On February 14, 1912, Taft signed the proclamation making Arizona the 48th state, and the last of the contiguous states to be admitted to the union. It was the last of the 48 contiguous states to be admitted to the union.
It took more than 50 years for Arizona to be granted statehood by the U.S. Congress; it was a long and difficult road. Finally, on August 11, 1911 the House of Representatives submitted H.J. Res. 14, to admit the Territories of New Mexico and Arizona as States into the Union, to be recognized on equal footing with the existing 46 states. President William H. Taft vetoed the bill four days later. The controversy related to the fact that Arizona's constitution allowed for the recall of judges. Since he believed in an independent judiciary.
On the very next day, Congress passed S. J. Res. 57, admitting the territories of New Mexico and Arizona as states conditioned upon Arizona voters' adoption of an amendment to the constitution removing the judiciary recall provision. President Taft approved the resolution on August 21, 1911. Arizona voters removed the recall provision. (Source: National Archives.)
The first Governor of Arizona was George W.P. Hunt. He came to Globe, Arizona in 1877 at the age of 18 and later became the first mayor of Globe. he served seven terms as Governor. More about George Hunt from the National Governors' Association.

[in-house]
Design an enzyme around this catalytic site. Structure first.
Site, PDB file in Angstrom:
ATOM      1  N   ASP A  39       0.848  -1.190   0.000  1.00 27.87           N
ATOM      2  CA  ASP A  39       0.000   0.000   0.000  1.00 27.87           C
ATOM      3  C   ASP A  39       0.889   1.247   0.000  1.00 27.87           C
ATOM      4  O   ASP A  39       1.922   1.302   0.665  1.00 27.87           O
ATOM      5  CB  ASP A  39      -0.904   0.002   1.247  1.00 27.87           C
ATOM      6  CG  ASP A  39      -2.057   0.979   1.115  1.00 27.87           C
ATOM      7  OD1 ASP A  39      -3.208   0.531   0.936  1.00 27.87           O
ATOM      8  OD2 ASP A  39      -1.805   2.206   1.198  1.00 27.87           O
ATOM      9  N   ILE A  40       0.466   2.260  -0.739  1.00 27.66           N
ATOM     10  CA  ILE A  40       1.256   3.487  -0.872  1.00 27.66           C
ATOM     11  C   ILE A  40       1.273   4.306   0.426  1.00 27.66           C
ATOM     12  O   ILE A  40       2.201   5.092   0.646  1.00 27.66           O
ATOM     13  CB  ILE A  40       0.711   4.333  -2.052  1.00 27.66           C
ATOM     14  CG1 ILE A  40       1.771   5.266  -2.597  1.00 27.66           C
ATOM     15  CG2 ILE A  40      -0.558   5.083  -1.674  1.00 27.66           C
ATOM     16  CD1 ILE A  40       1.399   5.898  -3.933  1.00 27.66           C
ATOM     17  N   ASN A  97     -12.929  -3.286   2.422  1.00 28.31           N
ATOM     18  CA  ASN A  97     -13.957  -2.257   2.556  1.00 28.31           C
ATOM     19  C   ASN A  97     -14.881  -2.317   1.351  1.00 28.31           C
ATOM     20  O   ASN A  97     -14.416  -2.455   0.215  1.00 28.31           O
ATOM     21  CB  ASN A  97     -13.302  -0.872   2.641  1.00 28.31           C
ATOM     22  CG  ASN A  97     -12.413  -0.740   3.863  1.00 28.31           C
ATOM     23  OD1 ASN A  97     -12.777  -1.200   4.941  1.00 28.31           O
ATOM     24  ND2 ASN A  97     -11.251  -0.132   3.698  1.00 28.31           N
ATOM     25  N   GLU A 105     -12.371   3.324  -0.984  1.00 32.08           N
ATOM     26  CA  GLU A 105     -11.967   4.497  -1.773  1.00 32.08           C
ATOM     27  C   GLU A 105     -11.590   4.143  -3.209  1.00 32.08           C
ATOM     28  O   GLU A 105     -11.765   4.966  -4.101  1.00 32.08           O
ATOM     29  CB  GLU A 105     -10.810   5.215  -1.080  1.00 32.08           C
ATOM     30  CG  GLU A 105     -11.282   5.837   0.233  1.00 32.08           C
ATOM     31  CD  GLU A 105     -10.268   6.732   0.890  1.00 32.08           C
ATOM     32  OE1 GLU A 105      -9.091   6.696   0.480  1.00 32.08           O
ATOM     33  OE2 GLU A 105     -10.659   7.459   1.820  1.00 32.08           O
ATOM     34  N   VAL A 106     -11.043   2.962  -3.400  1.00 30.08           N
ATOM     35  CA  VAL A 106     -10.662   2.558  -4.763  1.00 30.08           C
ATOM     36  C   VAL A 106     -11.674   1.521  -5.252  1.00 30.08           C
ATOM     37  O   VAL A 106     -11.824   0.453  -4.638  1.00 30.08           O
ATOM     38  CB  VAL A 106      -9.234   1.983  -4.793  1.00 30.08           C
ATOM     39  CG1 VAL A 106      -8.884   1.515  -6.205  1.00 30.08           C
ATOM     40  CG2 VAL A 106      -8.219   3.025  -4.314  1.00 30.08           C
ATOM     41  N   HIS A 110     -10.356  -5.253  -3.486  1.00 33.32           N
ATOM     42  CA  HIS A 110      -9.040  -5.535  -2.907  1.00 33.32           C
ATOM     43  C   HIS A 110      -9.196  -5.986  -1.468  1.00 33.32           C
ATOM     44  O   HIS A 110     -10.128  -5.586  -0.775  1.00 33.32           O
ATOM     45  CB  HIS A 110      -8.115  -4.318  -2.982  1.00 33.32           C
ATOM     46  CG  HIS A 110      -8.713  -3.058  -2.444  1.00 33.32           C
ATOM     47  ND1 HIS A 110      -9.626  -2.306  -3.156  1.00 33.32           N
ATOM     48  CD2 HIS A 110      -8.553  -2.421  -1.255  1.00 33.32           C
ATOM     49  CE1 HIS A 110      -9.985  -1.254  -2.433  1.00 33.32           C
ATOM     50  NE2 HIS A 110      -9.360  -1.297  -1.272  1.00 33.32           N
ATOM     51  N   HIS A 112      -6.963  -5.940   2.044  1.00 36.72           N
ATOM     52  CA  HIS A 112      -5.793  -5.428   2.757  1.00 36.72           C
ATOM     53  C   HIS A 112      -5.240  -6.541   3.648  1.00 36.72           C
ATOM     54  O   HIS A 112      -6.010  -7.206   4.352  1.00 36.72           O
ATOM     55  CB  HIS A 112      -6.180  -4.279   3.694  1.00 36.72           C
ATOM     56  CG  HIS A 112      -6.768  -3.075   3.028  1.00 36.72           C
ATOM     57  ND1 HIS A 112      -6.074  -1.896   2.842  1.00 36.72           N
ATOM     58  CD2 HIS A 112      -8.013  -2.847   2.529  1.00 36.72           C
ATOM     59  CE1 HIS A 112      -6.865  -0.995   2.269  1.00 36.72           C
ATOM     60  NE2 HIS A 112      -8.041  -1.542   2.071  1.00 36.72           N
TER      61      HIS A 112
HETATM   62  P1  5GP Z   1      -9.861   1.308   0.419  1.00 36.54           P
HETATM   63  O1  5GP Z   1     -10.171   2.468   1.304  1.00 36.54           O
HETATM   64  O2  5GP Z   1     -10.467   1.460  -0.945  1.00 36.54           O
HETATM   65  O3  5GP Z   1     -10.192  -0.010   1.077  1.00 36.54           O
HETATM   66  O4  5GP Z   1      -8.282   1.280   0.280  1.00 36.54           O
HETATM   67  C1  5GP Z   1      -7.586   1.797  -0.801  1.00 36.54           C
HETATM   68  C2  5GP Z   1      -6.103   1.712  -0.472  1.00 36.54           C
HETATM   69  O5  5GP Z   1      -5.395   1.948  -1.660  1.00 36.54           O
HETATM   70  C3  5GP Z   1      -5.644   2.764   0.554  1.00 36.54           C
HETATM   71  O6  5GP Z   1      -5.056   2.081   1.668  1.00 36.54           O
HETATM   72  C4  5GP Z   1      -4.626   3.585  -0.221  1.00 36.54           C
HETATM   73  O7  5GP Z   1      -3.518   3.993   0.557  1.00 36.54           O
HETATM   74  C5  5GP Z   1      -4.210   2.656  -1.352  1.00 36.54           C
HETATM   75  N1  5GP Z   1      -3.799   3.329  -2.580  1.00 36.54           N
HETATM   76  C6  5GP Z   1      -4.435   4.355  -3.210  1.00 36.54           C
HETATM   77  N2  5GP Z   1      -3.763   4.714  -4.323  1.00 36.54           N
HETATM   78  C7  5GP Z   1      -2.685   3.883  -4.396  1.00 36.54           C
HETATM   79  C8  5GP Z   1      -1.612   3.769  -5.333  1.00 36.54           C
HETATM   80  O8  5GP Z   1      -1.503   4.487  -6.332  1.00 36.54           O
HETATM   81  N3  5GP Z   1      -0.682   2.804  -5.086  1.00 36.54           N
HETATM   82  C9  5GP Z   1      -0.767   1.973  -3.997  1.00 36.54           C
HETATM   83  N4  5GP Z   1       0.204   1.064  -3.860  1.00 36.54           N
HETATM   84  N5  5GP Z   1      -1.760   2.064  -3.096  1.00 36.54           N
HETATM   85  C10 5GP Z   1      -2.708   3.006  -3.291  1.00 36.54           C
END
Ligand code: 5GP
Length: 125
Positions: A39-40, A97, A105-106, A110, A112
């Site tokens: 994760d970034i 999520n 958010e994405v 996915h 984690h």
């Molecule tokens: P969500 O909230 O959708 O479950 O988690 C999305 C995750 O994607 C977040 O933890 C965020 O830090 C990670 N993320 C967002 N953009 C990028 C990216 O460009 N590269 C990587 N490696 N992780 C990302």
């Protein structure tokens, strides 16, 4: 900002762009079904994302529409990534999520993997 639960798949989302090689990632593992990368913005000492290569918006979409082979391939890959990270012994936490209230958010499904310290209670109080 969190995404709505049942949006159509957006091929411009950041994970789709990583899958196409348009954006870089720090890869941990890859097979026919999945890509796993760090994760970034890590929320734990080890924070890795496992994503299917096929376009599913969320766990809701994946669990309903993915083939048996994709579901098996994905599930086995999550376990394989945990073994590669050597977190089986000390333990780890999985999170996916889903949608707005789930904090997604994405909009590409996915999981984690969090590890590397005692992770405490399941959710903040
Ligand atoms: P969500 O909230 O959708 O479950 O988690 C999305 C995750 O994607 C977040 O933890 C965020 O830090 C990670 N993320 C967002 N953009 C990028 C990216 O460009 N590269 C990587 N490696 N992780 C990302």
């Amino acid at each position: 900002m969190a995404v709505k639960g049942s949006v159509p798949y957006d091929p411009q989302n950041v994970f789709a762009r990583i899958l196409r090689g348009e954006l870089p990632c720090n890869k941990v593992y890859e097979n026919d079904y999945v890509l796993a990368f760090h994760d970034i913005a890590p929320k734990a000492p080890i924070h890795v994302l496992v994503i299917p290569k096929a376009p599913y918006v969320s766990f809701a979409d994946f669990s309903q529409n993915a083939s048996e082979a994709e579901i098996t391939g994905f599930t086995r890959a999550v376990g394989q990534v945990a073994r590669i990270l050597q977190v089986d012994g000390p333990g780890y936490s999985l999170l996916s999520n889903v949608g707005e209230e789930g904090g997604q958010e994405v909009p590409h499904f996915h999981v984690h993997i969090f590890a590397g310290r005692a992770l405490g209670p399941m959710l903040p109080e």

The history of territorial Arizona, as well as its rise to statehood and beyond, is engagingly presented at the Arizona Capitol Museum in the Downtown Phoenix government complex. Here is a map. It is free to visit! and I highly recommend it! While you are there, you may also stop across the street at Wesley Bolin Memorial Plaza, dedicated to many individuals who made significant contributions to the state. The Arizona 9-11 Memorial is also located there.
In 2012 Arizona's centennial was celebrated all year long, with programs, exhibits and events for all ages relative to the heritage, arts and culture of the state.
As we celebrate Valentine's Day each February 14, we also say "Happy Birthday" to our state on Arizona Statehood Day!